All material wealth stems from our two basic industries; agriculture and mining.  If it cannot be grown, it has to be mined either from the ground or from the sea.  Everything we have and use (except what we use as money) originates from natural resources and consists of known, identifiable chemical substances, including the air we breathe.

By applying our God-given physical and mental energies and abilities to the processes of agriculture and mining; mankind develops nature’s natural resources into all of the food, fiber, fuel and materials used to feed, clothe and house all of us.  There is simply no debt in this process!  We don’t borrow our abilities we use them to harvest the natural raw resources and enhance them to make better products.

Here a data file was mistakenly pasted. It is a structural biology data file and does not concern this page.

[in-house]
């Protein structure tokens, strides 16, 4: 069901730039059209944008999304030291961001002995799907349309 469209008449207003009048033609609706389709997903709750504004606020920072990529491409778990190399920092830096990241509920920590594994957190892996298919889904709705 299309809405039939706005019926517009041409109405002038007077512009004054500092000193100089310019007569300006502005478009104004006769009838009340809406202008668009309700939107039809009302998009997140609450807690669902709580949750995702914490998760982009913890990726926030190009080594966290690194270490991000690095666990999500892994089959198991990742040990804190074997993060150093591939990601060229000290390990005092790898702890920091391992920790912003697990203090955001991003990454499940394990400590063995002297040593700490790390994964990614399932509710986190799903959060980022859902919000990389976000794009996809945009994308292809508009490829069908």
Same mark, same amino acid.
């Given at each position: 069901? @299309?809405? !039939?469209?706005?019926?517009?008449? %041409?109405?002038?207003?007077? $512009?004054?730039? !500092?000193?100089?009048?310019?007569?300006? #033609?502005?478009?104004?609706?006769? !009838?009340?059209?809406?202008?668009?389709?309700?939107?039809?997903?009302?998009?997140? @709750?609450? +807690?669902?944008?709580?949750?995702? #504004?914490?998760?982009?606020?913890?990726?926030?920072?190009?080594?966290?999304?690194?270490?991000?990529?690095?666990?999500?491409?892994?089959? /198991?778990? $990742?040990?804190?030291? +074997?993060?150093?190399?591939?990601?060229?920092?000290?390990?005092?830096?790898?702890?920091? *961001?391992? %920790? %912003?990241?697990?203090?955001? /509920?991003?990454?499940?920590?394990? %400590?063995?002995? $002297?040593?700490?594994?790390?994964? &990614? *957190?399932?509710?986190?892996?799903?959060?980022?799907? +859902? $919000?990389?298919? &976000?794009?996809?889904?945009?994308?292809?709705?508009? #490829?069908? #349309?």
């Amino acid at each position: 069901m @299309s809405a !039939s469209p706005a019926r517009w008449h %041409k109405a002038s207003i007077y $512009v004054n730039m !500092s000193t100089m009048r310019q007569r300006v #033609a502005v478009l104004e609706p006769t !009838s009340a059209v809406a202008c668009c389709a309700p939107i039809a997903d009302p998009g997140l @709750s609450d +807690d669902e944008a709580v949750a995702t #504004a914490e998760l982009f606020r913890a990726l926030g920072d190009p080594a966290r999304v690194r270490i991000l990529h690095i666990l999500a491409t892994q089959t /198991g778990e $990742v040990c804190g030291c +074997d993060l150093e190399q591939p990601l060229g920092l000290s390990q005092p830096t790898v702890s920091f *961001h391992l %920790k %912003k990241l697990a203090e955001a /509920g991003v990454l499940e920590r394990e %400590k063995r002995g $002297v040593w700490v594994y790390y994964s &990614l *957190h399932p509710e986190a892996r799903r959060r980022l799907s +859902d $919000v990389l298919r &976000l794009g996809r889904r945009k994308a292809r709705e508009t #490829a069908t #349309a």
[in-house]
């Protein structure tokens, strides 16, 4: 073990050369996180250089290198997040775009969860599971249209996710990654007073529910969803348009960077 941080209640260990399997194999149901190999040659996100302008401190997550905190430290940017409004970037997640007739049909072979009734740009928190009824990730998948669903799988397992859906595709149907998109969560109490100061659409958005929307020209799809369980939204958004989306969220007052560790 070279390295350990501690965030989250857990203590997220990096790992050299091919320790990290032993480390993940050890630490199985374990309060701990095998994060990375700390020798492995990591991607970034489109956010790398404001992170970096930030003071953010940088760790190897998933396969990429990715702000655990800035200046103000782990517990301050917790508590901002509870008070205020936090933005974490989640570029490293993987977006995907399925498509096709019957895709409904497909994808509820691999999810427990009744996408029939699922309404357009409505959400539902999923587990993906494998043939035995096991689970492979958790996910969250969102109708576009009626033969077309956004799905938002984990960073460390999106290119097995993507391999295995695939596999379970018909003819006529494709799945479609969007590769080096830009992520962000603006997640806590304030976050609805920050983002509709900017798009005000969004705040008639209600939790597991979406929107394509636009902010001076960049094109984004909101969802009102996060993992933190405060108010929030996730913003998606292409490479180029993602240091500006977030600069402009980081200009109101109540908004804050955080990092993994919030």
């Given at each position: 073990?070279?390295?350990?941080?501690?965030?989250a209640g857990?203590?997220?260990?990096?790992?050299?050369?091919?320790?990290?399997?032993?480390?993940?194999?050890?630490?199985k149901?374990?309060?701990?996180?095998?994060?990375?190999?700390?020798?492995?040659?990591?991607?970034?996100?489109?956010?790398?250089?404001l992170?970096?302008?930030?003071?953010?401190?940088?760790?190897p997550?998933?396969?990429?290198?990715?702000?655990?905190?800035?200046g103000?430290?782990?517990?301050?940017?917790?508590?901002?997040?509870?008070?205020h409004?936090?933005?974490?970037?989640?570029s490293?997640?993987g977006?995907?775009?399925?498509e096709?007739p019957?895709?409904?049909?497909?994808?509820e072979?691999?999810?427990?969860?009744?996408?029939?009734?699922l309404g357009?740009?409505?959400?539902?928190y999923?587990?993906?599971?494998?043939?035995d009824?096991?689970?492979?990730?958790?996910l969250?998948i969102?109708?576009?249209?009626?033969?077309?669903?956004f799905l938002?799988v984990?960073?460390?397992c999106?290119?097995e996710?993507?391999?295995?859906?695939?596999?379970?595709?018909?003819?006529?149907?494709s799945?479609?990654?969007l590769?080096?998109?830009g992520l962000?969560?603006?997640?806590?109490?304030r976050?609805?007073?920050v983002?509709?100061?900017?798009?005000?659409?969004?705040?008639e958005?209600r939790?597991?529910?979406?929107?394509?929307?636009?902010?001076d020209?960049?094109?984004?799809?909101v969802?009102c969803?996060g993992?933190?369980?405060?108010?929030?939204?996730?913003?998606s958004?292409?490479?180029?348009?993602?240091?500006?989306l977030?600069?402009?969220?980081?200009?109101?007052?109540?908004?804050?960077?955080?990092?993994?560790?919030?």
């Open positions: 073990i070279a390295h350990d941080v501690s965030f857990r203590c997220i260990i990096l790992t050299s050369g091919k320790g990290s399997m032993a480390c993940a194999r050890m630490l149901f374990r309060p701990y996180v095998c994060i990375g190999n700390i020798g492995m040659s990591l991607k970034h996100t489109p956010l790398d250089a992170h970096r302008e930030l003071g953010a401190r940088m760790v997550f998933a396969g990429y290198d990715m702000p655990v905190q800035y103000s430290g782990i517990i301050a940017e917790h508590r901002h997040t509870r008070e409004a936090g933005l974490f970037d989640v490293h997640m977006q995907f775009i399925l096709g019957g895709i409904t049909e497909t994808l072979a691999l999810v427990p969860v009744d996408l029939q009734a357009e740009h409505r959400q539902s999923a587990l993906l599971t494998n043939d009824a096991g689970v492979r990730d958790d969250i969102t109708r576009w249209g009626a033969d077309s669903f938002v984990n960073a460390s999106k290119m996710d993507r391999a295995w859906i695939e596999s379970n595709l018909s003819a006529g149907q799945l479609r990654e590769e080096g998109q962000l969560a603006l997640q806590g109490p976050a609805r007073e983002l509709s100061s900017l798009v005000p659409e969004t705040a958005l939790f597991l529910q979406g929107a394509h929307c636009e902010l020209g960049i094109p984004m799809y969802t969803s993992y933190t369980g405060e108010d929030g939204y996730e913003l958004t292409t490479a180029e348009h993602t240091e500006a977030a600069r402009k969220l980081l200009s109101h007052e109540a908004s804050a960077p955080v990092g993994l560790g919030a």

Assets endow money with value (collateral) as it is created as a by-product of the new generation of real wealth, as described by Mr. Dale.  In many respects, this is how money is created in our private debt based system.  For example, when mortgage money is created, the house is pledged as collateral and the homeowner signs a promissory note.  Try to take out an “un-secured” loan in our current system and you won’t get very far unless you pledge other existing assets. 

Mr. Dale goes on to explain the key difference in money systems, that is how it is introduced into circulation:

…Money is a creation of man.  It must be manufactured by someone!  Most people do not understand that after money is manufactured it must be moved into circulation and there is only three ways to move money into circulation.  Those three ways are:

  1. Gift it
  2. Spend it
  3. Lend it